On Monday, union members walked the streets of Charlotte and handed out AFL-CIO fliers titled "What's so good about unions anyway?" The fliers touted unions' efforts to give workers more input in their employers' business decisions and helping to "balance the power of big corporations and create a fair economy." In the wake of fights over collective bargaining rights in Wisconsin and Ohio, the flier reads, "When working people have the right to bargain collectively at work, it's good for us, for our communities, and for the whole economy."

The North Carolina AFL-CIO union took direct aim at the stereotype of "union thugs" here on the streets of Charlotte. At an event called "Hug-a-Thug" on Monday, state AFL-CIO members dished out hugs aplenty to friendly passersby amid the hubbub of the CarolinaFest street fair. Several other unions hosted booths at CarolinaFest, chatting up the crowd and handing out pamphlets, stickers, and more.

Jaime Rodriguez, an employee with the American Federation of Teachers in Oregon, says his message to North Carolinians echoes one of the themes in heard in Tuesday's speeches—the idea that everyone deserves the opportunity to succeed and earn a living wage. Rodriguez says his conversations with locals have stressed how union representation benefits not just union members but also nonmembers. "A union job means higher wages for everybody," Rodriguez says. "People here hopefully will realize that."

The official convention proceedings present union leaders with a national platform to reach millions of Americans. Mary Kay Henry, president of the Service Employees International Union, spoke on Tuesday night, giving a full-throated defense of Obama and a rousing call for working people to rally around the president and reelect him in November. "Middle-class Americans cannot afford four years of Romney economics," she said. "We need a president who fights for us, and that's what we have in President Barack Obama." United Auto Workers president Bob King and AFL-CIO president Richard Trumka are set to speak tonight.

Not all union members have embraced labor's lemons-into-lemonade strategy here in Charlotte. At a Baptist church just outside of the city, the Los Angeles Times reported, labor organizers circulated an open letter to Obama noting that North Carolina "has been cited by the United Nations' International Labor Organization for its violations of international labor standards."

Nick Ciaramitaro, the legislative director for a Michigan branch of AFSCME, sees North Carolina's hostility to organized labor as "an opportunity to show a right-to-work state how unions work and work well." He told me that labor's anger at the Democratic Party for picking Charlotte was "ancient history," and that he looked forward to spreading his union's message far and wide. "We're here showing people we don't have horns," he says. "We'll win hearts and minds."

David Corn and Robert Costa joined Chris Matthews on MSNBC's Hardball to discuss the big performances from night one of the Democratic National Convention.

David Corn is Mother Jones' Washington bureau chief. For more of his stories, click here. He's also on Twitter.

David Corn and Howard Fineman joined Chris Matthews on MSNBC's Hardball to discuss the wimpy bounce in the polls the accompanied the GOP convention, the campaigns' use of microtargeting technologies to turn out the vote, and how the presidential contest will play out in Virginia and other swing states.

David Corn is Mother Jones' Washington bureau chief. For more of his stories, click here. He's also on Twitter.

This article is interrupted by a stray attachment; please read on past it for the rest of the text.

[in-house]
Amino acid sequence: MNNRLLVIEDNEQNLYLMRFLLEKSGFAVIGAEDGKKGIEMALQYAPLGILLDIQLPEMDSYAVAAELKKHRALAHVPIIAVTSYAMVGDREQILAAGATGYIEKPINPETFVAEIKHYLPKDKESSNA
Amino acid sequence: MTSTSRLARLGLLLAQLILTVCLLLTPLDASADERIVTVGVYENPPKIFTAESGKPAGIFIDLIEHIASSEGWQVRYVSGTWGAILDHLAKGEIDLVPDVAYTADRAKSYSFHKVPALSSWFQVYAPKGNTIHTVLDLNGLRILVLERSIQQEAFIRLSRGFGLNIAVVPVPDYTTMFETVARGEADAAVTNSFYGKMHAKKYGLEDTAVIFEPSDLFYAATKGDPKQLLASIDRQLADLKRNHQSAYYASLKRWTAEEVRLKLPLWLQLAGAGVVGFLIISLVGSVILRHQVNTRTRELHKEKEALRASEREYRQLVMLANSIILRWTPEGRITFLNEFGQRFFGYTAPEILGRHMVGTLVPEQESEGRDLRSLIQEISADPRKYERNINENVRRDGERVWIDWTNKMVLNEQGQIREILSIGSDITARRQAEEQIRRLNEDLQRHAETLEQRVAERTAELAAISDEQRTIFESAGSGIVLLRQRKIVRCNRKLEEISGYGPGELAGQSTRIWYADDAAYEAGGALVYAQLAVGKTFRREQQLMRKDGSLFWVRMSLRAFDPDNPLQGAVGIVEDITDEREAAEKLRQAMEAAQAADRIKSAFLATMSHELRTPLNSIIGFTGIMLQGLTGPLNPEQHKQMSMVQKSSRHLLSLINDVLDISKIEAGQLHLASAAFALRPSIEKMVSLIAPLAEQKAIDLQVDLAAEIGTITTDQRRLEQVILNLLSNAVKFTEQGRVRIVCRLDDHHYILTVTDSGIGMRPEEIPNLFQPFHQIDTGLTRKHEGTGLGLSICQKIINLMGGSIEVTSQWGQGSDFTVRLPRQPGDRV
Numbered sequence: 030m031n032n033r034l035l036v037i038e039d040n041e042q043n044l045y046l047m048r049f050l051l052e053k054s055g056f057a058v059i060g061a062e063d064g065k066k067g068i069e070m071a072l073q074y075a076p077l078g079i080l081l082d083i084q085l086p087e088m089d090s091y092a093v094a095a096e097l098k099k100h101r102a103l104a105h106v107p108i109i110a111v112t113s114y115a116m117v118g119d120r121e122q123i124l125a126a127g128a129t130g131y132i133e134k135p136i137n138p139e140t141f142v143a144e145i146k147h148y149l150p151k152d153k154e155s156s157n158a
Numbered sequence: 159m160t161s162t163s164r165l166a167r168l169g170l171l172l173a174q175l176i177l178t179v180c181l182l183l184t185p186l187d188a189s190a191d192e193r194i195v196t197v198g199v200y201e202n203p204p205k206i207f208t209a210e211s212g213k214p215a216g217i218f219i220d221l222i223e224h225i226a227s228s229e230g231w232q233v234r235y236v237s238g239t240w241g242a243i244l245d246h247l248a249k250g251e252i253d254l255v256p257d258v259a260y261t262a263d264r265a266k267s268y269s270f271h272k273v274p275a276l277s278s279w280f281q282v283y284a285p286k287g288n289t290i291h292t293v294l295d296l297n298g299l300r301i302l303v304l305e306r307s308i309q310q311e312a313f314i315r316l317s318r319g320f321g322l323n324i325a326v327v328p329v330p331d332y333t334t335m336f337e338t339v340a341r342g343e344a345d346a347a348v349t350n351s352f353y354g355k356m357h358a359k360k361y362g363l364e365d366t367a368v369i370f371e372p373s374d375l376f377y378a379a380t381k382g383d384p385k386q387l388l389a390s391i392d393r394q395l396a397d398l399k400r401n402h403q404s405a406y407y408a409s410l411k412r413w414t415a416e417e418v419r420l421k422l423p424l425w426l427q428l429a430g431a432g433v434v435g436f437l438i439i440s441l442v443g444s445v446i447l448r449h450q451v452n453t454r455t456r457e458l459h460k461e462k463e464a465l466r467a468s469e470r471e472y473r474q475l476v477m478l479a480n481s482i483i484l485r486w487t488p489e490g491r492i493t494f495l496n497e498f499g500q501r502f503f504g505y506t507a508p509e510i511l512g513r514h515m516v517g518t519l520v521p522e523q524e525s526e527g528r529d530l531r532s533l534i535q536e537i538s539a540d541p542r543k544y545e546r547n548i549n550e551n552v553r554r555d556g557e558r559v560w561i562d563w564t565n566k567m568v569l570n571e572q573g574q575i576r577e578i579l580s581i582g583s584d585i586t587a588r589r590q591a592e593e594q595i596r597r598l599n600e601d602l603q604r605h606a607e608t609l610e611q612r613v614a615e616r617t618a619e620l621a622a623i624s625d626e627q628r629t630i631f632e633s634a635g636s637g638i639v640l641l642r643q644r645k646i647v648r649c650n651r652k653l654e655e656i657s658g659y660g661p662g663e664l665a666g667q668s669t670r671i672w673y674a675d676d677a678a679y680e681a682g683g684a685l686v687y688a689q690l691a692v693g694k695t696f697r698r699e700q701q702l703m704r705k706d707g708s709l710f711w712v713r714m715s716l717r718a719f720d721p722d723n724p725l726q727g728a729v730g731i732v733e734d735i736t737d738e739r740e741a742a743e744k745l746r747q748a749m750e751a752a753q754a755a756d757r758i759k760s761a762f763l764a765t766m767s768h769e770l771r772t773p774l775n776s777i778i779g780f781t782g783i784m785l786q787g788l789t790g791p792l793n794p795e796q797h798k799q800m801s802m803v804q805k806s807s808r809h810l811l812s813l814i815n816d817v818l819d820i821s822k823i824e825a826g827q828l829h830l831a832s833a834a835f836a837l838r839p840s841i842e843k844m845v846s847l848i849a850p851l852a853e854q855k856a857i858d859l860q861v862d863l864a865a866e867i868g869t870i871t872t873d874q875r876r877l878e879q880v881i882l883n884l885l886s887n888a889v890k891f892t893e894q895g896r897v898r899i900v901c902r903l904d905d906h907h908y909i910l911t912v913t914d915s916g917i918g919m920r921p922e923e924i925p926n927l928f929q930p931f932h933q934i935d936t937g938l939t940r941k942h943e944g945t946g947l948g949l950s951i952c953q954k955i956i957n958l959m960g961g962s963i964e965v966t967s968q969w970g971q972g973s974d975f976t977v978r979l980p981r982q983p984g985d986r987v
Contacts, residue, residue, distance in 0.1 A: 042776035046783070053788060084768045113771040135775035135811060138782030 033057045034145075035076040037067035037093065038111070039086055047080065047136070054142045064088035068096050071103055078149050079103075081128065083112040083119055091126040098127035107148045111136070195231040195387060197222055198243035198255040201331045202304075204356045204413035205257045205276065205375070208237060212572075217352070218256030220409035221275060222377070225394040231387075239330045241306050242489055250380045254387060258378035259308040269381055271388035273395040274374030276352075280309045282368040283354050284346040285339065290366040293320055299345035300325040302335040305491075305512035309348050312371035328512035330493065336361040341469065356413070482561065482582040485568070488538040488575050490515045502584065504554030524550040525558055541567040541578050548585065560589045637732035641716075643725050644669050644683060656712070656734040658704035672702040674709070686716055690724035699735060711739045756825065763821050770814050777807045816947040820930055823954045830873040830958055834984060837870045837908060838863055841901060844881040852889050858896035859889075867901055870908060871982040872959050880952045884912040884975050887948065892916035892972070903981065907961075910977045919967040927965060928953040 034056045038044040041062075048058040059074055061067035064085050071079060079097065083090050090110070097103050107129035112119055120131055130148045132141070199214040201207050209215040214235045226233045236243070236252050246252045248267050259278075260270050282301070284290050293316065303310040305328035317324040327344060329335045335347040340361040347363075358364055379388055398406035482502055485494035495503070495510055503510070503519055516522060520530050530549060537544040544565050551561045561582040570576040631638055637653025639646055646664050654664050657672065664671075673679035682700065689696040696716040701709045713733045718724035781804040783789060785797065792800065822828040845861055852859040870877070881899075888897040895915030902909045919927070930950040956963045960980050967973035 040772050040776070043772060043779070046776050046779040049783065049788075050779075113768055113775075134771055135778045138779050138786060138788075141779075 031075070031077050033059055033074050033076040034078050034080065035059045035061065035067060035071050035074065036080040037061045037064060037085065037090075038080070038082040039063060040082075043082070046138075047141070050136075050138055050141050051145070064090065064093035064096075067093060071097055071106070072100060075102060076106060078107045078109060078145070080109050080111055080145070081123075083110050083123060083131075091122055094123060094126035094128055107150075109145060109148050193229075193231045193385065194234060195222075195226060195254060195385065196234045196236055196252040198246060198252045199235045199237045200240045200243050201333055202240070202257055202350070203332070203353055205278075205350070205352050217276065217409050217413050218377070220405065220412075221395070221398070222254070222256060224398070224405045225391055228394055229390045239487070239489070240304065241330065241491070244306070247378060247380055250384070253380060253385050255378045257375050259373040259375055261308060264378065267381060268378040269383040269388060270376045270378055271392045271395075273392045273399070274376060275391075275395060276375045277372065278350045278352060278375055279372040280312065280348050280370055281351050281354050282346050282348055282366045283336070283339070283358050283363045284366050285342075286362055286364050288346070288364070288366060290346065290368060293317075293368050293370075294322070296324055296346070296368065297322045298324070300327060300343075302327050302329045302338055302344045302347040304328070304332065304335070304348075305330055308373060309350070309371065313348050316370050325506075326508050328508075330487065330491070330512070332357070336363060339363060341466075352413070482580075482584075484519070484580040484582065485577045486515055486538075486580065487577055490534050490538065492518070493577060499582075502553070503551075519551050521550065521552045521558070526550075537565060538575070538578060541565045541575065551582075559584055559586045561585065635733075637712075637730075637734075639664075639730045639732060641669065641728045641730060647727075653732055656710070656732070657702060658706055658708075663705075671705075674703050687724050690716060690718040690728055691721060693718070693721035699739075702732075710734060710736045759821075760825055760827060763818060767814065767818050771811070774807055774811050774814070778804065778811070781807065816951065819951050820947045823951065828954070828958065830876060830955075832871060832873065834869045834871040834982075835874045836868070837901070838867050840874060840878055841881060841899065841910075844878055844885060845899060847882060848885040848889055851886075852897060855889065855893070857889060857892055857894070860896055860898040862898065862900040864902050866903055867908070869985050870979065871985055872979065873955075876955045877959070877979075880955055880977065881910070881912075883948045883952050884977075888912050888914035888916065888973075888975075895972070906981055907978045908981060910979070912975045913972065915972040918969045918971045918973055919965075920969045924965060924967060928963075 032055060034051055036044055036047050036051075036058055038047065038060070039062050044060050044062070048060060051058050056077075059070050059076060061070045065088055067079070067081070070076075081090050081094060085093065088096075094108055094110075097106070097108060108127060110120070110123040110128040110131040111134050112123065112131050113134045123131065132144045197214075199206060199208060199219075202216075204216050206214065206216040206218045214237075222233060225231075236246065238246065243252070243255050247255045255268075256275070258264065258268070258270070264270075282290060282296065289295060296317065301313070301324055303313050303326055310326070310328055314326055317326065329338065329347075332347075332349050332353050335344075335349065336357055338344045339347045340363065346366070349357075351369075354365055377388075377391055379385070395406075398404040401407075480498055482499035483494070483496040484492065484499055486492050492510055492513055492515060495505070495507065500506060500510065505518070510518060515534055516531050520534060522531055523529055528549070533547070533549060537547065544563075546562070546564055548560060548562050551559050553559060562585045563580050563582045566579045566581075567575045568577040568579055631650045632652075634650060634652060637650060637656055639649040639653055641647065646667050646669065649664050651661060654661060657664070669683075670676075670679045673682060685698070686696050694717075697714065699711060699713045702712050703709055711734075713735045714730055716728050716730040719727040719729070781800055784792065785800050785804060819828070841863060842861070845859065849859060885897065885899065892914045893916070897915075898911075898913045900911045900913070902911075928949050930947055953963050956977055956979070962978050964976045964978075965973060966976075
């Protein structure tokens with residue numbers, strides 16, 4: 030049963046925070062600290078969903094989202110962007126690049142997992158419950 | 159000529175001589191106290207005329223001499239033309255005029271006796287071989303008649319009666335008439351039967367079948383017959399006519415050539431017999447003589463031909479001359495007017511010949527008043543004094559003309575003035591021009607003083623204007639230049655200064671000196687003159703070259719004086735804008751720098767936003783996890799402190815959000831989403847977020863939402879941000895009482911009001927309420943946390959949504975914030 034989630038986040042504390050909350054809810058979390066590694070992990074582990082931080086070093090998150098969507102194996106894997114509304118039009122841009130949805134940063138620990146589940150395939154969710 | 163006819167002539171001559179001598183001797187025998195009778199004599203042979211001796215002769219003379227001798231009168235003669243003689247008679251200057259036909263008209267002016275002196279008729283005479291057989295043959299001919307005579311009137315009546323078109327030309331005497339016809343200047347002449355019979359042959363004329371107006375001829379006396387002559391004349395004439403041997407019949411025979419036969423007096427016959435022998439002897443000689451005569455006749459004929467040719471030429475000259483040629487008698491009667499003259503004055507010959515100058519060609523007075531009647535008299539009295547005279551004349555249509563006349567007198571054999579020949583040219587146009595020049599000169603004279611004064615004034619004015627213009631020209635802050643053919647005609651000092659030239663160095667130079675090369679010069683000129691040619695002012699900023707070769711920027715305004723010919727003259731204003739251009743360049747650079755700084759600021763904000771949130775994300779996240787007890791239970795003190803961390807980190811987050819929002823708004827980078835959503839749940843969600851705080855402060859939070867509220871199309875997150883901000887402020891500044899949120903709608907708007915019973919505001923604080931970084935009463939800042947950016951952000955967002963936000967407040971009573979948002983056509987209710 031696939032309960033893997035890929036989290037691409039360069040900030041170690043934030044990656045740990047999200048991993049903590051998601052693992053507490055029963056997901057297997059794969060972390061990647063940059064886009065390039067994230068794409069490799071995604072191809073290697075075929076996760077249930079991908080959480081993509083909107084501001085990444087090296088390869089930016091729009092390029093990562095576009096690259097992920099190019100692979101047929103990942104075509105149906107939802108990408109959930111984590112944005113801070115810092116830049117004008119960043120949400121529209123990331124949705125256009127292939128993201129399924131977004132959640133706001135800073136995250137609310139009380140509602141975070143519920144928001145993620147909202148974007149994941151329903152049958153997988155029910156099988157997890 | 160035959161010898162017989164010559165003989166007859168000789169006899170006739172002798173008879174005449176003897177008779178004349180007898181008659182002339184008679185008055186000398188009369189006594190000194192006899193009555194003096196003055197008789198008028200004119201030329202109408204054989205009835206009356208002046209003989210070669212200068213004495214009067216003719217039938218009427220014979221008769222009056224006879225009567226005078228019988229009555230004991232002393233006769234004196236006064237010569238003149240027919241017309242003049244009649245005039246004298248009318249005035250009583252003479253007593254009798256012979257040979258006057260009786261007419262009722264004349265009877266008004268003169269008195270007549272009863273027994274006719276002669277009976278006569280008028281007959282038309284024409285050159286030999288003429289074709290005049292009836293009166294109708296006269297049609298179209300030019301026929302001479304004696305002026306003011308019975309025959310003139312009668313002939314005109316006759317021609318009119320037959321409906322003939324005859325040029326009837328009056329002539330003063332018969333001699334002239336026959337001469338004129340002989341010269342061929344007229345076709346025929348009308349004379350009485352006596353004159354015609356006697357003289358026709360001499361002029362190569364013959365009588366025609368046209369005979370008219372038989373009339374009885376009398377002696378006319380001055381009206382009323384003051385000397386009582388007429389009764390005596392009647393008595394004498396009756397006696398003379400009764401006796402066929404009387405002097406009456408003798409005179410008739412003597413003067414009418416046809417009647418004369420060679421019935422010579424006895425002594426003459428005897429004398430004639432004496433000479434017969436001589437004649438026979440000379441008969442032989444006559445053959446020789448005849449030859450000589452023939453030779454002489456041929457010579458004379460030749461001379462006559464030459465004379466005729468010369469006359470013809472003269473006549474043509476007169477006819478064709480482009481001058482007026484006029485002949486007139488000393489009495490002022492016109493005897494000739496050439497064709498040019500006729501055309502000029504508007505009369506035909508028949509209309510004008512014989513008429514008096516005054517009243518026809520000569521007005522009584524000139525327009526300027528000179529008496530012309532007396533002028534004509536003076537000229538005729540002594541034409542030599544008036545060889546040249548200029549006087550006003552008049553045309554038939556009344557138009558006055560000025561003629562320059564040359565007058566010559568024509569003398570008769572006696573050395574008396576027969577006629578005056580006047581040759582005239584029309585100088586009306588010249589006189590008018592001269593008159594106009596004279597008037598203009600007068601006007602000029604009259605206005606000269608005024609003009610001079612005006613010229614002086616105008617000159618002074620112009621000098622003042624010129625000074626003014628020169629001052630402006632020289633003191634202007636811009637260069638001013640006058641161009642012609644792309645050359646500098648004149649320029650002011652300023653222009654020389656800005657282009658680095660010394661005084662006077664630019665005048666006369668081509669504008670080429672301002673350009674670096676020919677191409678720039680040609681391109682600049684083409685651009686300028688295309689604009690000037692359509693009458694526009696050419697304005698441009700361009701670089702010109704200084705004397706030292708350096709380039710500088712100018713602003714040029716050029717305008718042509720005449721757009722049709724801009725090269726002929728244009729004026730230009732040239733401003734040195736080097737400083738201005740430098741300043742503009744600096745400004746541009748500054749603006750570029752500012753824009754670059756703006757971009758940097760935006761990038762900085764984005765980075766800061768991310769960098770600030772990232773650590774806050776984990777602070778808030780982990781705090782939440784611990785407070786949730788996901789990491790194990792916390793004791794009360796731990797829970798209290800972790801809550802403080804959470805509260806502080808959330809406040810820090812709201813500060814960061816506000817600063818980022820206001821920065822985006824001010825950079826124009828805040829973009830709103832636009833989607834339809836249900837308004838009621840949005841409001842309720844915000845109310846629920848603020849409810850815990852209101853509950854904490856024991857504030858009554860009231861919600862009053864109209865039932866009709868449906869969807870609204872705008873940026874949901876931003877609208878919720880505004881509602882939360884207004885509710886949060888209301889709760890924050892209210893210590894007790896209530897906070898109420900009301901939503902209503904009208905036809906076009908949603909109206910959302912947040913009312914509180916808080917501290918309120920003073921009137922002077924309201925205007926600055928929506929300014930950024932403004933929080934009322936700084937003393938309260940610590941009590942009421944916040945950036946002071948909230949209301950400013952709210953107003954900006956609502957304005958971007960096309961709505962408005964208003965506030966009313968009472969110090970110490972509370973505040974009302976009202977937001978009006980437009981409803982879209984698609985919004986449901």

For citizens of Iran, brutal American sanctions could mean the end of the world...

...of Warcraft. The Los Angeles Times reports:

Sanctions by the United States, it seems, have hit World of Warcraft.

WikimediaWikimediaIranian gamers took to the World of Warcraft message board...complaining that they had been shut out of the online game. "Well, as if life of an Iranian couldn't get worse, the Battle.net became completely inaccessible as of today," one World of Warcraft fan wrote in frustration.

Another lamented, "Well we had a good run, Goodbye cruel world..."

The year's salvo of US and international sanctions, aimed at choking off Tehran's controversial nuclear program, have throttled the Iranian economy (see: plummeting oil exports), ravaging major industries like transportation and emergency civilian health care along the way.

The online role-playing game is merely the latest casualty in this drawn-out geopolitical fight.

For those unfamiliar with WoW—the online global phenomenon that involves engaging with Orcs and doing battle with throngs of complete strangers—here's a quick refresher:

Blizzard Entertainment, the California-based video game developers who debuted the WoW series in 2004, recently explained that the Iranian gamer black-out was required to stay in compliance with US law. "We apologize for any inconvenience this causes and will happily lift these restrictions as soon as U.S. law allows," one employee wrote.

Late last week, the US Department of the Treasury begrudgingly weighed in on the subject of pwning n00bs in Persian society. John Sullivan, a media affairs specialist at Treasury, told the Times that "clearly the focus of our sanctions is not on video games." (He went on to note that the department would "consider a license request from Blizzard Entertainment should they choose to apply for one.")

The World of Warcraft universe includes roughly 9.1 million subscribers worldwide, an 11-percent drop from 10.2 million in March 2012. The game also holds the 2009 Guinness World Record for the most popular multiplayer role-playing game.

There have also been numerous studies on the severity of video game addiction, with some rating World of Warcraft as addicting as cocaine. Pity the Iranians going through withdrawl.